Since it's Asian American Pacific Islander Heritage Month, and I'm talking about negotiations -- I'm repurposing last year's blog post about my mom because she's a beautiful, amazing Asian American woman and the best negotiator I know.
My mom was born in Taipei, Taiwan. She grew up across the street from a beautiful beach, and she would spend warm, Summer days swimming in the ocean. She's the eldest of 5, with two younger brothers and two younger sisters. Her mother, my grandmother (pictured below with my grandfather), is Taiwanese, as far back as they know. My grandfather's family was from the Szechuan region of China, so they love spicy foods (Szechuan peppers are pretty high up on the Scoville scale, about the same as habaneros). My mom thinks there's some Dutch ancestry somewhere, but she doesn't want to take a DNA test. I have taken one, and there wasn't any Dutch in me, however, there was a tiny percentage that was Iberian.
Now, I want to share what I've observed in my mom's master negotiating skills... First, my mom taught me that everything is negotiable! Whether she's shopping at a high-end designer store in Beverly Hills like Louis Vuitton or she's buying wild caught King Salmon at the Farmer's Market, she will always ask for a discount.
It embarrasses my brother sometimes, but I find it fascinating. There's not a place that's too "high end" or too "low end" to ask. She sees every situation equally, and what I have gathered, the person, on the other side, doesn't feel (energetically) that they need to "defend" their prices. Below...mom on the right, my grandmother on the left with my brother and me on my 2nd birthday:
Also, her philosophy is to always ask. There's no harm in it, and the worst they can say is no. (I agree with this philosophy and take it even one step further to say, I believe "no" is just the beginning of a conversation.)
Charm and sweetness are my mom's secret weapons. I'm always amazed, when car salesmen, after a tough day of negotiating and giving in to her demands, will turn to me and say, "Isn't your mom the cutest?"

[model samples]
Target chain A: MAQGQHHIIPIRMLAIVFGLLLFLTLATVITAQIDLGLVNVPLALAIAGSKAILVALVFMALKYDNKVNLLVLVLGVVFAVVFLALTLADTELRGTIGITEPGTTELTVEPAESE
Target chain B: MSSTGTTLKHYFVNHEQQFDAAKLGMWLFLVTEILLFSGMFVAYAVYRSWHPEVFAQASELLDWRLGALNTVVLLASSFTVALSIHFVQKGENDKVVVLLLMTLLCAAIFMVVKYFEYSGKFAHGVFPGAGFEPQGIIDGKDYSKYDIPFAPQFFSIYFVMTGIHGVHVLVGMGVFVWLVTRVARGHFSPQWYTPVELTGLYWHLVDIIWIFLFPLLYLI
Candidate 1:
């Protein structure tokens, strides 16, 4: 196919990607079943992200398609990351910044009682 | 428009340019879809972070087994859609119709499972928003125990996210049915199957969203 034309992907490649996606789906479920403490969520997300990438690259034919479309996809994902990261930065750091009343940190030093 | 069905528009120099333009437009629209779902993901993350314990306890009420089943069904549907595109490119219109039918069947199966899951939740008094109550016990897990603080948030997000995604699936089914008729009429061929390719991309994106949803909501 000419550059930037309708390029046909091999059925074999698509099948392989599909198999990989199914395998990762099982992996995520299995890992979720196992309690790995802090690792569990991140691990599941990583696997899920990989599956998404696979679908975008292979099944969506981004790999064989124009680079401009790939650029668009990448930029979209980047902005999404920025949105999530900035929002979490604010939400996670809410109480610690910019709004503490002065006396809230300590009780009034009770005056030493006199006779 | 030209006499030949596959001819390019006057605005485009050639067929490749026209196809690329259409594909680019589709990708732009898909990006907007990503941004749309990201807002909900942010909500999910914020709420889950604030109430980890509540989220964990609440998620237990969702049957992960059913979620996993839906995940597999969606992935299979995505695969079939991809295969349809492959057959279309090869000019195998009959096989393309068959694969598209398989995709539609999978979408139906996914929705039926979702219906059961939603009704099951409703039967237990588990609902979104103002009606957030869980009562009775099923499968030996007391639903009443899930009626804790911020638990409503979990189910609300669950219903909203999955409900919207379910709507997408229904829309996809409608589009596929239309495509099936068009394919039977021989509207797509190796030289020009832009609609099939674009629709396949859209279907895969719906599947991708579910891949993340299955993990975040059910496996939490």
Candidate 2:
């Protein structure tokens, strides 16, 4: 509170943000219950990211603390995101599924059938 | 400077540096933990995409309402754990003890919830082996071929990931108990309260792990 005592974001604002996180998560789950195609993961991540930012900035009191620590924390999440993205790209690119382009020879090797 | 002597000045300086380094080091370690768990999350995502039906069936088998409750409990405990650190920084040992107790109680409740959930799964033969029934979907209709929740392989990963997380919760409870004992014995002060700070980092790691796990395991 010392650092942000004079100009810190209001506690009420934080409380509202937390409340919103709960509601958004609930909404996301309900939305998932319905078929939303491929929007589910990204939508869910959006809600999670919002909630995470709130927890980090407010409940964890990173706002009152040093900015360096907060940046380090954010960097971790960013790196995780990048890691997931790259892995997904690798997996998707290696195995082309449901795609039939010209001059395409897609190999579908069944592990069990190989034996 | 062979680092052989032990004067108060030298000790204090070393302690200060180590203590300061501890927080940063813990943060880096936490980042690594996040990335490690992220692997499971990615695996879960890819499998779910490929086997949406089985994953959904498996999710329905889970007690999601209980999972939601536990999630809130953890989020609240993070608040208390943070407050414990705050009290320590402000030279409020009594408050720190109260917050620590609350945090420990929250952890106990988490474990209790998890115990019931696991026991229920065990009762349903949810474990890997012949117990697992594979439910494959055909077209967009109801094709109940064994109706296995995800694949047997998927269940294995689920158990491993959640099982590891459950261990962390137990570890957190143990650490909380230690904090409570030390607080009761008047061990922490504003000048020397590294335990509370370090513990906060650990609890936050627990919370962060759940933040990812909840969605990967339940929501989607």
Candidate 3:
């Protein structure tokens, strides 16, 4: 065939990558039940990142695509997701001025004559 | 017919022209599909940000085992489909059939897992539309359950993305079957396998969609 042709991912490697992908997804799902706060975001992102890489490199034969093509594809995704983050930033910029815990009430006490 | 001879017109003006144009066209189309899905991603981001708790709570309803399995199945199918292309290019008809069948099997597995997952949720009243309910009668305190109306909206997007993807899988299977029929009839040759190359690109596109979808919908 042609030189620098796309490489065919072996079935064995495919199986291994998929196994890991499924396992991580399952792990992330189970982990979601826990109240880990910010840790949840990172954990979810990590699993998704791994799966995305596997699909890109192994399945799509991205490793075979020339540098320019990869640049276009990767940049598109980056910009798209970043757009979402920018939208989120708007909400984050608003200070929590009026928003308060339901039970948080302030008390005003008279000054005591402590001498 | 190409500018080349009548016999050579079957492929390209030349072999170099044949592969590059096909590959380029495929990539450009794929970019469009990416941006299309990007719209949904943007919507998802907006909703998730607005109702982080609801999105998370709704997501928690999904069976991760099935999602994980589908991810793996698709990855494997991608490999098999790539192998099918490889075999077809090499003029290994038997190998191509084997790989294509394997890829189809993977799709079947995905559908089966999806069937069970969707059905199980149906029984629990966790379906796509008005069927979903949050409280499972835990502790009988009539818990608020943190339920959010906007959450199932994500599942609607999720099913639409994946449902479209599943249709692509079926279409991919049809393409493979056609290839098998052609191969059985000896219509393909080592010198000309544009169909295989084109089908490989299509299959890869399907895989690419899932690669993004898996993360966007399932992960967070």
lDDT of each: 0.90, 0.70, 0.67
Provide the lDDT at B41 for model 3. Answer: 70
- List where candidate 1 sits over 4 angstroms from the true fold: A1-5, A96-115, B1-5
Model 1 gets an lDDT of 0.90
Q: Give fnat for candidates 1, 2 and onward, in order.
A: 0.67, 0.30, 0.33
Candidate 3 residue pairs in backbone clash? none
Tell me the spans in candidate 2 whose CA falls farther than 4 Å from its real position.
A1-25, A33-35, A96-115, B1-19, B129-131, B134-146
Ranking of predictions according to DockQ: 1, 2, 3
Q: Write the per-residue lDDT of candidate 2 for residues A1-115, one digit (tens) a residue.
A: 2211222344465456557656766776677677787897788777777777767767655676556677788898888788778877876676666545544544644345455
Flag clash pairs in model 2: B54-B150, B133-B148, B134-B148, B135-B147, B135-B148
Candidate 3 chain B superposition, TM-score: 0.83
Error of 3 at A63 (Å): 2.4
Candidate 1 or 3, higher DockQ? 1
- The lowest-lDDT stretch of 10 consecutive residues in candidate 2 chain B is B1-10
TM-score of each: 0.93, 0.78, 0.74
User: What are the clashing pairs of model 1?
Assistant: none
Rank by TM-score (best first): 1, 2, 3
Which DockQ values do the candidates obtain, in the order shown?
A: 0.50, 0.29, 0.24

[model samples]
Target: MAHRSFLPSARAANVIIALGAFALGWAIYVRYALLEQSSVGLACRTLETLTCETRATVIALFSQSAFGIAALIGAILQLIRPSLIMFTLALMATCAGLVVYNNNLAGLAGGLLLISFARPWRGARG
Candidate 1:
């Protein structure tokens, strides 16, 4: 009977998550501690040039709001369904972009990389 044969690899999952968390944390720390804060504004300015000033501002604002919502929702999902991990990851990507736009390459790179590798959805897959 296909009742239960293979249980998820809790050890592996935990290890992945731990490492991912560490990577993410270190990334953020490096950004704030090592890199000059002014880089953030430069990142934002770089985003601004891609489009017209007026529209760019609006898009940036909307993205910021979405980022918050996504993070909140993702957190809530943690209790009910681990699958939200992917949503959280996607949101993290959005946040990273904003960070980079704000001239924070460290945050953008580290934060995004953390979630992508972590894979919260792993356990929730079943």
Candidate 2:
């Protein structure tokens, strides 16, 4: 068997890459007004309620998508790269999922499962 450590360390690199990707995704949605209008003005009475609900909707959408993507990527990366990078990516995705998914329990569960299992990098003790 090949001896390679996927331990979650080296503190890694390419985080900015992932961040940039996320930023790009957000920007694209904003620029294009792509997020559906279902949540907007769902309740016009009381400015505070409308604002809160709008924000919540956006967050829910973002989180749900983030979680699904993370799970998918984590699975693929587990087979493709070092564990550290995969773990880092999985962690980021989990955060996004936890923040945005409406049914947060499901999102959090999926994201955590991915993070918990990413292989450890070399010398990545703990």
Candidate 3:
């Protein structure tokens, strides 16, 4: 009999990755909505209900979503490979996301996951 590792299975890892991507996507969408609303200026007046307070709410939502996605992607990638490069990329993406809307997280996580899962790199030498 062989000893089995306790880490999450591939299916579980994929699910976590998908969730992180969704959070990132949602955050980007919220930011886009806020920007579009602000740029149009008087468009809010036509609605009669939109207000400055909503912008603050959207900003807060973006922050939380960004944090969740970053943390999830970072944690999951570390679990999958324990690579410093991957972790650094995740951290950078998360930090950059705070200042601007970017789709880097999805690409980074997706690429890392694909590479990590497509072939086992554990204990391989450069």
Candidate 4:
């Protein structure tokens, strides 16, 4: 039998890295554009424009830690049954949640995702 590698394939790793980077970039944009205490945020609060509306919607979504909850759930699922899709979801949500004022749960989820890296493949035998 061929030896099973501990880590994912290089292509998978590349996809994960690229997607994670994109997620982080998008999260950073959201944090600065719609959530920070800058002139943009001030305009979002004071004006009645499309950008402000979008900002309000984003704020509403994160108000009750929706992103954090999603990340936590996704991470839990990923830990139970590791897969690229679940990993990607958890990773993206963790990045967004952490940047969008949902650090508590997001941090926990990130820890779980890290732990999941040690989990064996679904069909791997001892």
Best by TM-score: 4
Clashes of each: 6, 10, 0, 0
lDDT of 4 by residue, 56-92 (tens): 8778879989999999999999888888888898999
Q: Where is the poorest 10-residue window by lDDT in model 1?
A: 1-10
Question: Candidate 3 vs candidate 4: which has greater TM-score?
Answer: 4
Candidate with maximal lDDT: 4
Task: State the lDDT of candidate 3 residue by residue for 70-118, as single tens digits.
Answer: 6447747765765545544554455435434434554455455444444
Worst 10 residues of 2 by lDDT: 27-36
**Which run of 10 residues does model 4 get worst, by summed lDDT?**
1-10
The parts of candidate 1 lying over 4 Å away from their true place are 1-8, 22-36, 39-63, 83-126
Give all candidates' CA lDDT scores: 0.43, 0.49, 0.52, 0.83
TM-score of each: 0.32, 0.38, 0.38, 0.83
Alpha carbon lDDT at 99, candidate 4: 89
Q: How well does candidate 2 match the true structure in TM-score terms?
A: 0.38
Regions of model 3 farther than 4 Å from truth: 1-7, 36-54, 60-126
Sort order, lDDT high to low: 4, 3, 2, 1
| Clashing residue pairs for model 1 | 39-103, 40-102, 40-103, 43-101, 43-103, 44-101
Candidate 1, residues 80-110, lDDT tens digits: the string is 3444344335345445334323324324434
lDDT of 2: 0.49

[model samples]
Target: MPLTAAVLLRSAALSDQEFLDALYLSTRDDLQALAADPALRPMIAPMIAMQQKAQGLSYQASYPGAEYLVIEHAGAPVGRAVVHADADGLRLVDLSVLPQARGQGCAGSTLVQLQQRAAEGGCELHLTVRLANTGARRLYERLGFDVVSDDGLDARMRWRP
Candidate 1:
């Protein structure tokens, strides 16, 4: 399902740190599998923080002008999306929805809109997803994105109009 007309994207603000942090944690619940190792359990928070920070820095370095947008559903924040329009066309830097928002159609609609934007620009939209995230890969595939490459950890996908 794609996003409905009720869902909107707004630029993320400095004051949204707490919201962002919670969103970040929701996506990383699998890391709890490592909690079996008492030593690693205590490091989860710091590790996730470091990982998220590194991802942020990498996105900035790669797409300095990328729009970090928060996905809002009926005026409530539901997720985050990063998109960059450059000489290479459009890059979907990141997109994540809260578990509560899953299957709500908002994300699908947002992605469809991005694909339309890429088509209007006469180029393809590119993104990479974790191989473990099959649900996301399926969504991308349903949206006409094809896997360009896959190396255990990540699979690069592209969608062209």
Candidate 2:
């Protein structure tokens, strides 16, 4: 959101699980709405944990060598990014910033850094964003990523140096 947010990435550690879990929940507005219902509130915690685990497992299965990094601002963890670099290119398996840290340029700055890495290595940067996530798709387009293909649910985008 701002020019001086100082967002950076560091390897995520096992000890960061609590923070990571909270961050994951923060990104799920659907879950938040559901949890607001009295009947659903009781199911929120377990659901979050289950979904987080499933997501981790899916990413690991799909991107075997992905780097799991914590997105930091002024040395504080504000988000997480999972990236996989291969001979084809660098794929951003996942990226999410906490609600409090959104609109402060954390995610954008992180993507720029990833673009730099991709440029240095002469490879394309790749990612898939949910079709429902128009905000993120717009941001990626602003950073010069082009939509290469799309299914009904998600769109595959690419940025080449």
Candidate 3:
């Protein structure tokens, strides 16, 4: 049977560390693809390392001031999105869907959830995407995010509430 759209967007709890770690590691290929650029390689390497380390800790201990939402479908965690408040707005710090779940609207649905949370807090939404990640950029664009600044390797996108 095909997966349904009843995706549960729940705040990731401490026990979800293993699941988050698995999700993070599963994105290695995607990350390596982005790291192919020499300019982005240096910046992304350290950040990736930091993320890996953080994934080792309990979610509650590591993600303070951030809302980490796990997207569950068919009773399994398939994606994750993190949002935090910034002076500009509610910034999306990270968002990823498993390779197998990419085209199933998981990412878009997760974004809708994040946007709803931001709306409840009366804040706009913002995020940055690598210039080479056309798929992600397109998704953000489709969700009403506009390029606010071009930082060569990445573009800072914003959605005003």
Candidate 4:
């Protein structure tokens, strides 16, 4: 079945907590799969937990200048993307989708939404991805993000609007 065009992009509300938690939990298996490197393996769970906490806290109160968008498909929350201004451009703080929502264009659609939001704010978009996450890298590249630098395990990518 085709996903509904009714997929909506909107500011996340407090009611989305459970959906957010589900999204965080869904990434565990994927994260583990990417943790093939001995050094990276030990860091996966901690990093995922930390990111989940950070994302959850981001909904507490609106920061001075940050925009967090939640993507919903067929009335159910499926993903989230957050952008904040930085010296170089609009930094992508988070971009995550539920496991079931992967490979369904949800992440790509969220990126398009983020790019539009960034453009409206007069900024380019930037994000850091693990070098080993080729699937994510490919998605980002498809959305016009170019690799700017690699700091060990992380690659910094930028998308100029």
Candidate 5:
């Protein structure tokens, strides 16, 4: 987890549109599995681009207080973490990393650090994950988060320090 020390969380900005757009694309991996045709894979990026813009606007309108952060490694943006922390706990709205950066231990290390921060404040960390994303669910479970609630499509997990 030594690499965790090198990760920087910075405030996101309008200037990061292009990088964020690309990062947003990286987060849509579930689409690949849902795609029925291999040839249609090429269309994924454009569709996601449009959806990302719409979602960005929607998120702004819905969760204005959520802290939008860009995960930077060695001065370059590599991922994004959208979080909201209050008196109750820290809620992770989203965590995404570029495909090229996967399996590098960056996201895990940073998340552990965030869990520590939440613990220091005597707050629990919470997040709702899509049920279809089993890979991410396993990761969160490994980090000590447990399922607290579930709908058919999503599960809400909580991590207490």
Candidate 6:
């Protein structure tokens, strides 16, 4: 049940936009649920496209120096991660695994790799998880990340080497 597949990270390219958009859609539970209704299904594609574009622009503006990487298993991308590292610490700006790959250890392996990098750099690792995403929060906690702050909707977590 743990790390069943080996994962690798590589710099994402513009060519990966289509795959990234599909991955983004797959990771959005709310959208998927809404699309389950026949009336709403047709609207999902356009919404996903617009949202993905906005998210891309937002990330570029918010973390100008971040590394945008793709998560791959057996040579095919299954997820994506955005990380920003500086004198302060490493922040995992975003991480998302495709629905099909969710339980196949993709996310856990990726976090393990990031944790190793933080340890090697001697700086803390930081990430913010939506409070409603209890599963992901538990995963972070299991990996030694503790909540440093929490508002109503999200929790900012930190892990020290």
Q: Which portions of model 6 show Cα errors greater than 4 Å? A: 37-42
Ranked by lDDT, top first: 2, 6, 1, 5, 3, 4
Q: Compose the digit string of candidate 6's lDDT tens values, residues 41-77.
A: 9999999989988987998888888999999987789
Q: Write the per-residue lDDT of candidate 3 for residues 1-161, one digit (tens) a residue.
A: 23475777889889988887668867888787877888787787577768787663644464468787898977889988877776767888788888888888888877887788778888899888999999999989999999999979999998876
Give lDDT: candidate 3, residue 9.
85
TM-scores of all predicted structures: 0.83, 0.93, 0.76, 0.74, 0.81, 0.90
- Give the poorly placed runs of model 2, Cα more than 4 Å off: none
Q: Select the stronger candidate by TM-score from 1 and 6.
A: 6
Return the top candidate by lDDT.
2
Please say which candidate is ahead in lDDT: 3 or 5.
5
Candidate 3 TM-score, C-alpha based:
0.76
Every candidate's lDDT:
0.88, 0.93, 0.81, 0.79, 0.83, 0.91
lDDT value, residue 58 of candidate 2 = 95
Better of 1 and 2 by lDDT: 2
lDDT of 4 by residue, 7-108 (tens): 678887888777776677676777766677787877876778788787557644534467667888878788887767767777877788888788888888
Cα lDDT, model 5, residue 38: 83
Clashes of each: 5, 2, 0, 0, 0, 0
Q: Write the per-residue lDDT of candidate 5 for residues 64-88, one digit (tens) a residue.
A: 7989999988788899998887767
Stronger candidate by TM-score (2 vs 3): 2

She also becomes friends with pretty much everyone she knows. (Below is a more recent photo of her, second from the right, at my brother's wedding.)
Whether we're at the grocery store or at the Chanel boutique on Rodeo Drive, someone in the store will always greet her warmly, with a "Hi Grace! Have you seen our latest..." What I notice about this technique is -- we're all much more willing to give a discount to someone we know and like. There's a reason many companies have a "friends and family" discount.
This next one's trickier, for me, to do. My mom always examines clothes, cars, handbags, shoes or whatever she's buying, for subtle flaws. I think it comes down to values. I would rather not buy something with flaws, while if she thinks she can fix the flaw or if it's not that big of a deal to her, she'll ask for a discount, due to the flaw. However, in terms of negotiations, the lesson is to find a flaw, or a weak point in the argument, and you can use it to your advantage.
Finally, my mom comes from a place of abundance, rather than lack or scarcity, and 99.9% of the time, it works! She doesn't come from a place of "I need this discount or I can't afford it." Instead, it comes from a place of..."I don't need this so I'm willing to walk away from this sale, but it would be really lovely if I had it, and it would be even lovelier for you to have the honor of selling it to me!" I love this one because people respond to energy, and when the energy feels desperate, that's a turn off. She's got the upper hand because she doesn't need you or your product. In fact, she just made you want her as a customer even more.
Now, if you haven't yet heard, negotiating is one of my zones of genius. I'm really naturally good at it (thanks to my mom), and I have also put it into practice over and over again in my own career and life. I also love teaching it and training people how to do it, with real results, like this from my client P!
I'm not sharing the numbers, publicly, to protect her privacy. But essentially, she negotiated 32% higher than her highest rate ever! She also received her highest title yet. If you want to learn how to negotiate like my client did, my friend Malika Amandi, with the Center for Women's Voice, and I hard at work on a workshop to teach you everything we know to get YOU your highest rate and title too! Just click below to get signed up, so we can send you all of the details!
With so much Love & Gratitude (for my mom and all of the moms out there),